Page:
Being a 90's kid meant I never got to watch Diego Maradona in action. Of course there are plenty of short videos on YouTube and social media paying testimony to his greatness but they can only tell you so much about the little magician, who was much more than his 'hand of god' or 'goal of the century'.
If one is brought up in Kolkata, like yours truly, the fact is ingrained into you by your elders that Diego Maradona and Pele are the two greatest footballers to grace this planet.
Of course, a heated debate may still follow at any Kolkata tea stall — a.k.a as Bengali's favourite 'Cha er adda' — over who is greatest of the two. And what I always enjoyed the most is how excited, passionate and emotional a Bengali gets to prove the point that his or her favourite icon is next to nobody.
That's why to say that with Maradona passing away on Wednesday night has pushed the city of joy into a state of mourning would be an understatement.
The unflinching love that Kolkata had for the Argentine and the impact he left on the corresponding generations are imense and dates back to 1986 World Cup when he led the La Albiceleste to glory with those two iconic goals against England.
"He was not a human, he was a god-sent angel on earth to play this beautiful game," says yesteryear Indian football star Subhash Bhowmick, who has played and coached all his life for East Bengal and Mohun Bagan.
The 1970 Asian Games bronze medallist, who attended all Argentina games in person at the 1986 WC in Mexico, keenly recalls how he was left mesmerised by the magic of Maradona.
"I saw him at his best at the '86 World Cup. He was untouchable at every match, whether Belgium or England, he was surreal. He was among those very few footballers who can be called a true genius who used to delive when situation demanded. Among those whom I saw playing, Alfredo di Stefano, Ferenc Puskas, Johan Cryuff and Pele were to name a few whose names can be taken in same breathe," Subhash said.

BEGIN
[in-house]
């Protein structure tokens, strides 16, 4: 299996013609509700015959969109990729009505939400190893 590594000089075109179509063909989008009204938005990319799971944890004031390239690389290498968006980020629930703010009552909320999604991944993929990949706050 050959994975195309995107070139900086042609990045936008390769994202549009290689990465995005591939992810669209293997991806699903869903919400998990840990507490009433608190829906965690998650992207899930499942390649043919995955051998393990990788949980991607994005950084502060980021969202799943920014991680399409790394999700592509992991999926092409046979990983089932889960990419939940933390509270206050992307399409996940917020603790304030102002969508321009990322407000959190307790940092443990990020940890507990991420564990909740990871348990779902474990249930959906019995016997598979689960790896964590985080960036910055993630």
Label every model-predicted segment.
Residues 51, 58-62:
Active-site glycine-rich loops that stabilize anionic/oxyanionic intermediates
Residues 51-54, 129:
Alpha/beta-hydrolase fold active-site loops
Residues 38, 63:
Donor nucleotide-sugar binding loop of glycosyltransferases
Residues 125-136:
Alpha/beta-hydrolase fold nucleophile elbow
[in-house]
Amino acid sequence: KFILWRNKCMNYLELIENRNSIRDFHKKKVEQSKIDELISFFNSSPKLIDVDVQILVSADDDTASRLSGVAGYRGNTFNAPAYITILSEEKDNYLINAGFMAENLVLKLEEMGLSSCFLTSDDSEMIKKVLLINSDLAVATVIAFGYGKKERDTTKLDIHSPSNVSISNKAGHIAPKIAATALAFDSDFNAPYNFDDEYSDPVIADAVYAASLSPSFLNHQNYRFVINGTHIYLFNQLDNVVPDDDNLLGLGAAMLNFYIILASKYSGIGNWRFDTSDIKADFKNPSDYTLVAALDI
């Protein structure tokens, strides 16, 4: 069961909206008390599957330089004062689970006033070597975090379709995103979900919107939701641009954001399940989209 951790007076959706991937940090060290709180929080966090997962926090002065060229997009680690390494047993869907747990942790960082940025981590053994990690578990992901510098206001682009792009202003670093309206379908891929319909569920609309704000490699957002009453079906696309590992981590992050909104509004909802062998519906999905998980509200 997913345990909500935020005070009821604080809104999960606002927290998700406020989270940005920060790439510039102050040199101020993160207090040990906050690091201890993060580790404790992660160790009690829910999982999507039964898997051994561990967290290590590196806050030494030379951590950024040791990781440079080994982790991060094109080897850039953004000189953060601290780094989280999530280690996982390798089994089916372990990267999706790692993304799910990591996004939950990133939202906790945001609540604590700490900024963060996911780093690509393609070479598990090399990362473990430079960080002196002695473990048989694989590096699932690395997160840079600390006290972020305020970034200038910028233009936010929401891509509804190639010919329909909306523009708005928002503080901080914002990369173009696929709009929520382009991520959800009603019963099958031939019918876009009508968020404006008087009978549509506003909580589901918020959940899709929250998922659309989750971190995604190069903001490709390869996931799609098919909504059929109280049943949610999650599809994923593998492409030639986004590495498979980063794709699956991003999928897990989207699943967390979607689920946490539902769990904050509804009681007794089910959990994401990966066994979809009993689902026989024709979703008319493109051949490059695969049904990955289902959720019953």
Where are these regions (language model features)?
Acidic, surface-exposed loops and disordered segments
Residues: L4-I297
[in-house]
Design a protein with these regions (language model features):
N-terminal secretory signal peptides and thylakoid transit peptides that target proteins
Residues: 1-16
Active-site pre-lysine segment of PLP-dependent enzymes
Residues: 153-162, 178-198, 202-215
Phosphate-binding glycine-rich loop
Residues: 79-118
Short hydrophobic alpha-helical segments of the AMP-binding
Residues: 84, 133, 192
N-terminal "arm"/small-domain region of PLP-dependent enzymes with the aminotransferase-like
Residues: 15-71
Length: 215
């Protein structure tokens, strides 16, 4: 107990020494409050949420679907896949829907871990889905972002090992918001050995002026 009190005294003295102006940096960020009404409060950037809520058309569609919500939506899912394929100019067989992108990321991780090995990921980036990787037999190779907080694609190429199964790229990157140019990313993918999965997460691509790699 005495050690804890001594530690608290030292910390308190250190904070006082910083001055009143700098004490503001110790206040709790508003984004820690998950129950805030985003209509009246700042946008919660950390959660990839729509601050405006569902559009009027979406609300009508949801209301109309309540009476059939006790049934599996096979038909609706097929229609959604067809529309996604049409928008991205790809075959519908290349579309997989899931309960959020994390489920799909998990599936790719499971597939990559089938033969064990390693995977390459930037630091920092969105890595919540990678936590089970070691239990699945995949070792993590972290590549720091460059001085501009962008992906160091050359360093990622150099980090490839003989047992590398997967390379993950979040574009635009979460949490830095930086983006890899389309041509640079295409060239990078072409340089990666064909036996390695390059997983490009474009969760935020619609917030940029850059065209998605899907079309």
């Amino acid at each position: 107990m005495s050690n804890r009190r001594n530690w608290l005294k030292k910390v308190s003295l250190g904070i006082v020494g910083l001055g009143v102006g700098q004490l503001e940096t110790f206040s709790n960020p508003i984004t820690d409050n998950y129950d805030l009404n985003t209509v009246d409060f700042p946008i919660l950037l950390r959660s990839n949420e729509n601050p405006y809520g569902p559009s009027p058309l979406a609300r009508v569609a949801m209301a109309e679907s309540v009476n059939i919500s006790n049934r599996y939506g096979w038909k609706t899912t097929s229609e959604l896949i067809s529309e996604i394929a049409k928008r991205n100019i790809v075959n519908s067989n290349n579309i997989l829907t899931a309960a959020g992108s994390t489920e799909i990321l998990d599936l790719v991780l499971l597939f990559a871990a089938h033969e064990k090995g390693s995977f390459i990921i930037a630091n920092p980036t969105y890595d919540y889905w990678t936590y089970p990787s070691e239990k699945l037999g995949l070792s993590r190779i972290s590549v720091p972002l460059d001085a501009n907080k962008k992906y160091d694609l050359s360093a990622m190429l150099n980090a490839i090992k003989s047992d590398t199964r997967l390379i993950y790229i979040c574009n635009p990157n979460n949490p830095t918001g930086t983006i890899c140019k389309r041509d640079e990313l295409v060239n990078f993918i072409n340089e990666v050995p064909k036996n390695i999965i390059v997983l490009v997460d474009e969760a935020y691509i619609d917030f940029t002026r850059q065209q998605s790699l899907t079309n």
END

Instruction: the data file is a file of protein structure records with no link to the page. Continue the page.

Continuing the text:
To get a taste of the madness that Kolkatans have for Maradona, and Pele alike, one must visit the city during a FIFA WC, when the entire city is painted in Argentina's white & blue and Brazil's yellow & green with flags of the nations, and murals of the two greats at every nook and corner.
Maradona himself got taste of that madness; not once but twice as he visited Kolkata in 2008 and 2017.
While his last visit to play a charity match with city's favourite son Sourav Ganguly was more of a low-key affair, it was his maiden sojourn on December 6 that will be etched in my and other Kolkatans memory forever and hopefully in the legend's memory too.
Like me, every person in the city wanted their beloved Argentine to feel the unconditional love that Kolkata harboured for him and the city ensured he felt every bit of it.
Right from landing at the Dum Dum Airport to reaching the Mohun Bagan tent at the iconic Maidan, it was nothing less than a homecoming for Maradona as close to 1 lakh person thronged the airport to catch his glimpse. The euphoria of his visit was further amplified by a tribute of a Bengali song 'Maradona', penned by Dr Avik Lahiri, which was on the lips of every Kolkatans.
Legend has it that it was the very song, coupled with the fan frenzy at the Maidan, that catapulted Maradona to step on the ground and kick few footballs into the crowd. It almost felt like a gesture of acknowledgement that 'Kolkata, your love is well received' and also an apology that it took him so long to meet his loved ones.
“I am overwhelmed that so many people know and love me in this part of the world. I have been surprised many times in my life and thought I cannot be surprised again," Maradona had said at a media conference a day later. "But today I have realised that there is more in store for me. I love the passion people have for football here and I will love to be back."